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Biochemical Responses of Soybean (Glycine max L. Merr.) to Proton Beam Irradiation
Plant Breeding and Biotechnology 2017;5:97-105
Published online June 1, 2017
© 2017 Korean Society of Breeding Science.

Juhyun Im, Jonghan Ko, Han-Yong Kim, and Bo-Keun Ha*

Division of Plant Biotechnology, Chonnam National University, Gwangju 61186, Korea
Correspondence to: Bo-Keun Ha,, Tel: +82-62-530-2055, Fax: +82-62-530-2059
Received March 14, 2017; Revised April 20, 2017; Accepted April 24, 2017.
This is an Open-Access article distributed under the terms of the Creative Commons Attribution Non-Commercial License ( which permits unrestricted non-commercial use, distribution, and reproduction in any medium, provided the original work is properly cited.

The present study evaluated the biochemical effects of proton beam irradiation in soybean. Seeds of two Korean elite cultivars (Kwangan and Pungsannamul) were irradiated by a 57-MeV proton beam in the range of 50–400 Gy. We measured the contents of malondialdehyde (MDA), antioxidant enzymes, and chlorophyll. MDA contents in proton beam-irradiated plants were higher than those in control plants. The activity of antioxidant enzymes differed between the two cultivars. In Kwangan, ascorbate peroxidase (APX) activity increased by 29% relative to the control at 55 Gy and decreased by 58% at 308 Gy. Superoxide dismutase (SOD) and peroxidase (POD) activities decreased by 47 and 25% relative to the control at 55 Gy and recovered to 87 and 56% of that at 55 Gy with 172 Gy and 117 Gy, respectively. In Pungsannamul, APX and SOD decreased by 32 and 35% relative to the control at 62 Gy, with the highest value observed at 243 Gy. In terms of the chlorophyll content, the two varieties responded similarly to proton beam irradiation, whereas in Kwangan, no significant reduction was observed above 100 Gy when compared with the control. Proton beam irradiation affected chlorophyll b more than chlorophyll a. These results show that the activity of antioxidant enzymes decreased in response to irradiation with approximately 50 Gy proton beams, then increased gradually with increasing doses, followed by a moderate decrease at higher doses. According to correlation with MDA contents and antioxidant enzyme activities, defense system of Pungsannamul was less activated by proton-beam irradiation than that of Kwangan.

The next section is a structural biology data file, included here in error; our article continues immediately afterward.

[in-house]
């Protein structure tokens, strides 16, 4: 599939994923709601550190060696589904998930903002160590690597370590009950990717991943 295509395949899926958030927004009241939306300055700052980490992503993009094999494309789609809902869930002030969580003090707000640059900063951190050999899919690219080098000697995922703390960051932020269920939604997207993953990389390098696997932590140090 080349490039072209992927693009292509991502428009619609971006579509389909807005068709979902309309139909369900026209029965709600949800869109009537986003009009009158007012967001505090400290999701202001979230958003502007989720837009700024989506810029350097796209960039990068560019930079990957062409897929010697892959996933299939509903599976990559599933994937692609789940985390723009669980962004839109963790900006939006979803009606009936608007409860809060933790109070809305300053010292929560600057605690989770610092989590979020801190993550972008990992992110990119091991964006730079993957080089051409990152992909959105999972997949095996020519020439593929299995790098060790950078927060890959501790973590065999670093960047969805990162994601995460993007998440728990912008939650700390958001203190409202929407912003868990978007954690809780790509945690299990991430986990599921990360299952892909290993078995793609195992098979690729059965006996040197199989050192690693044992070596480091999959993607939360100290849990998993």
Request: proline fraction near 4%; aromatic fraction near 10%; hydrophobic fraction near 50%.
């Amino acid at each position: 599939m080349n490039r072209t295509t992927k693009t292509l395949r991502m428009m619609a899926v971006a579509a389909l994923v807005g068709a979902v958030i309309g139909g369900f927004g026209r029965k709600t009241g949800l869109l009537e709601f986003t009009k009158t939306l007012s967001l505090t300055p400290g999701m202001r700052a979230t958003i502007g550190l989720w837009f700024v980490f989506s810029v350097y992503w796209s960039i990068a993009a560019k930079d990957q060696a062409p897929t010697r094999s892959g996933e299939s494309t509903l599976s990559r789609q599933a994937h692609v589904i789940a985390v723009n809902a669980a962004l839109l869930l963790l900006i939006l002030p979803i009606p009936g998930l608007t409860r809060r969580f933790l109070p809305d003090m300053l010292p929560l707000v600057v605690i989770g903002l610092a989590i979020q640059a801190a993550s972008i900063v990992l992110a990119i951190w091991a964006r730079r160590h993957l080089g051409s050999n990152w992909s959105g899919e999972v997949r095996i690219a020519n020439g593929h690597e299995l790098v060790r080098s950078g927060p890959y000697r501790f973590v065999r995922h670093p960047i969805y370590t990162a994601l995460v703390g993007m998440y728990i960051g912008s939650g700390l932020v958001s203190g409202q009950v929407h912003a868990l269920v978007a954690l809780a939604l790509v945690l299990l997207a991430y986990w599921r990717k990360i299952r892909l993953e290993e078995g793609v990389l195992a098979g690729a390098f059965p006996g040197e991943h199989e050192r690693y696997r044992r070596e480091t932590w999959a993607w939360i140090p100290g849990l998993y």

Keywords : Soybean, Mutant, Proton beam, Biochemical response

New varieties have been developed through cross-breeding techniques; however, hybridization with the same or very closely related species is limited in its ability to create new and diverse cultivar traits (Lee et al. 2015a). Mutation breeding is an alternative method used to generate variation and is used to improve agronomic traits, such as resistance to stress, physical parameters of grain, and nutritional value (Ling et al. 2013; Lee et al. 2015a). Mutations are induced by chemical or physical mutagens. Chemical mutagens such as ethylmethanesulfonate (EMS), N-nitroso-N-methylurea (NMU) and colchicine have long been used to develop new traits in crops, but these chemicals are carcinogenic and difficult to use (Sung et al. 2013). Ionizing radiation can overcome the limitations of chemical treatment and generate new mutations over a short period of time (Lee et al. 2015b).

For 80 years, gamma-rays have been used to induce mutations and generate new agronomic traits, mainly in crop mutation breeding programs. Gamma-rays emitted from a 60Co source are a type of low linear energy transfer (LET = 0.2 keV/μm) radiation, and induce mutations ranging from point mutations to chromosomal aberrations (Du et al. 2014). Recently, high energy ion beams, including proton, helium, carbon, and argon ions, have been considered as new effective mutagens. Ion beams were shown to exhibit greater biological effects on growth inhibition and lethality than gamma-rays (Tanaka et al. 2010). In addition, ion beams induced a high frequency and a broad spectrum of mutant phenotypes (Tanaka et al. 2010).